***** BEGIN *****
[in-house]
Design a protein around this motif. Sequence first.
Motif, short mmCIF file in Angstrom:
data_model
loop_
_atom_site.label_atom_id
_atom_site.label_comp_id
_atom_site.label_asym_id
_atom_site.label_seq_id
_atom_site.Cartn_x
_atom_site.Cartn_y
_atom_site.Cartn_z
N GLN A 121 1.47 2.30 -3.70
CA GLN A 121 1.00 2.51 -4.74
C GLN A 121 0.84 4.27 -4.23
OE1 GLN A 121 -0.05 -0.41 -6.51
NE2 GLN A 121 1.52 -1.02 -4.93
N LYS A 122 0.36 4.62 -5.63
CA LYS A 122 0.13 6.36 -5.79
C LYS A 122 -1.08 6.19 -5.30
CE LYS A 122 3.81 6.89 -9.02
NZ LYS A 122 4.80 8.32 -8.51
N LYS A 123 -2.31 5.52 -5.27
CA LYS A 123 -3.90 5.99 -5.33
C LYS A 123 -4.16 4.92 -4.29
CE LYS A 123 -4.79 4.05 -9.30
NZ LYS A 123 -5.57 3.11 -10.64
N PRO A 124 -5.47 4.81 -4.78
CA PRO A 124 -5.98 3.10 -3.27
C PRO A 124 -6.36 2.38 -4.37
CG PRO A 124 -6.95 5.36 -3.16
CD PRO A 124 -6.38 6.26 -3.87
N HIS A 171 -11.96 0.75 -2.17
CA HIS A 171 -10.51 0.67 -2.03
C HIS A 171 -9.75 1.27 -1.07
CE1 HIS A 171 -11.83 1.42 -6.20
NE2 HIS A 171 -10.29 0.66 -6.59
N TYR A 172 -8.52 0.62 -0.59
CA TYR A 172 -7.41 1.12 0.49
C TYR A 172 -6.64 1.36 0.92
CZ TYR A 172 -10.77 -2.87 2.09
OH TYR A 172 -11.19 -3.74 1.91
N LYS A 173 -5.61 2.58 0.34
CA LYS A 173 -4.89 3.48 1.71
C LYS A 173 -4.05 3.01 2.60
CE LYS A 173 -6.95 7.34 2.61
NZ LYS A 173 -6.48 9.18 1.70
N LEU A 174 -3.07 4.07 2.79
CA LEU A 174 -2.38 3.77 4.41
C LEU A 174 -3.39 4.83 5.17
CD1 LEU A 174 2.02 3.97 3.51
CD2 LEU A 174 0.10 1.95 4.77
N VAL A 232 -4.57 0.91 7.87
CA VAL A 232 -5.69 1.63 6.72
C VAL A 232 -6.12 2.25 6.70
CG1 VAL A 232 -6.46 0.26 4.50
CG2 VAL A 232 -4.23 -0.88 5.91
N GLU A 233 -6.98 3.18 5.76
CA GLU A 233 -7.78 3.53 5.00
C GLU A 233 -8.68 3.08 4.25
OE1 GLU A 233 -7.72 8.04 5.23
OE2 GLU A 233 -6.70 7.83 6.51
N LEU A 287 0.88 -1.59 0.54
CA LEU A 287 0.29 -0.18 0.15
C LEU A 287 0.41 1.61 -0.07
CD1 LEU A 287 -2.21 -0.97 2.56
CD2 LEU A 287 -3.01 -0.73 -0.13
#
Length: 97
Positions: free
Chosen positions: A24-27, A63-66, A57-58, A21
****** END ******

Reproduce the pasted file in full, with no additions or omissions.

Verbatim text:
[in-house]
Design a protein around this motif. Sequence first.
Motif, short mmCIF file in Angstrom:
data_model
loop_
_atom_site.label_atom_id
_atom_site.label_comp_id
_atom_site.label_asym_id
_atom_site.label_seq_id
_atom_site.Cartn_x
_atom_site.Cartn_y
_atom_site.Cartn_z
N GLN A 121 1.47 2.30 -3.70
CA GLN A 121 1.00 2.51 -4.74
C GLN A 121 0.84 4.27 -4.23
OE1 GLN A 121 -0.05 -0.41 -6.51
NE2 GLN A 121 1.52 -1.02 -4.93
N LYS A 122 0.36 4.62 -5.63
CA LYS A 122 0.13 6.36 -5.79
C LYS A 122 -1.08 6.19 -5.30
CE LYS A 122 3.81 6.89 -9.02
NZ LYS A 122 4.80 8.32 -8.51
N LYS A 123 -2.31 5.52 -5.27
CA LYS A 123 -3.90 5.99 -5.33
C LYS A 123 -4.16 4.92 -4.29
CE LYS A 123 -4.79 4.05 -9.30
NZ LYS A 123 -5.57 3.11 -10.64
N PRO A 124 -5.47 4.81 -4.78
CA PRO A 124 -5.98 3.10 -3.27
C PRO A 124 -6.36 2.38 -4.37
CG PRO A 124 -6.95 5.36 -3.16
CD PRO A 124 -6.38 6.26 -3.87
N HIS A 171 -11.96 0.75 -2.17
CA HIS A 171 -10.51 0.67 -2.03
C HIS A 171 -9.75 1.27 -1.07
CE1 HIS A 171 -11.83 1.42 -6.20
NE2 HIS A 171 -10.29 0.66 -6.59
N TYR A 172 -8.52 0.62 -0.59
CA TYR A 172 -7.41 1.12 0.49
C TYR A 172 -6.64 1.36 0.92
CZ TYR A 172 -10.77 -2.87 2.09
OH TYR A 172 -11.19 -3.74 1.91
N LYS A 173 -5.61 2.58 0.34
CA LYS A 173 -4.89 3.48 1.71
C LYS A 173 -4.05 3.01 2.60
CE LYS A 173 -6.95 7.34 2.61
NZ LYS A 173 -6.48 9.18 1.70
N LEU A 174 -3.07 4.07 2.79
CA LEU A 174 -2.38 3.77 4.41
C LEU A 174 -3.39 4.83 5.17
CD1 LEU A 174 2.02 3.97 3.51
CD2 LEU A 174 0.10 1.95 4.77
N VAL A 232 -4.57 0.91 7.87
CA VAL A 232 -5.69 1.63 6.72
C VAL A 232 -6.12 2.25 6.70
CG1 VAL A 232 -6.46 0.26 4.50
CG2 VAL A 232 -4.23 -0.88 5.91
N GLU A 233 -6.98 3.18 5.76
CA GLU A 233 -7.78 3.53 5.00
C GLU A 233 -8.68 3.08 4.25
OE1 GLU A 233 -7.72 8.04 5.23
OE2 GLU A 233 -6.70 7.83 6.51
N LEU A 287 0.88 -1.59 0.54
CA LEU A 287 0.29 -0.18 0.15
C LEU A 287 0.41 1.61 -0.07
CD1 LEU A 287 -2.21 -0.97 2.56
CD2 LEU A 287 -3.01 -0.73 -0.13
#
Length: 97
Positions: free
Chosen positions: A24-27, A63-66, A57-58, A21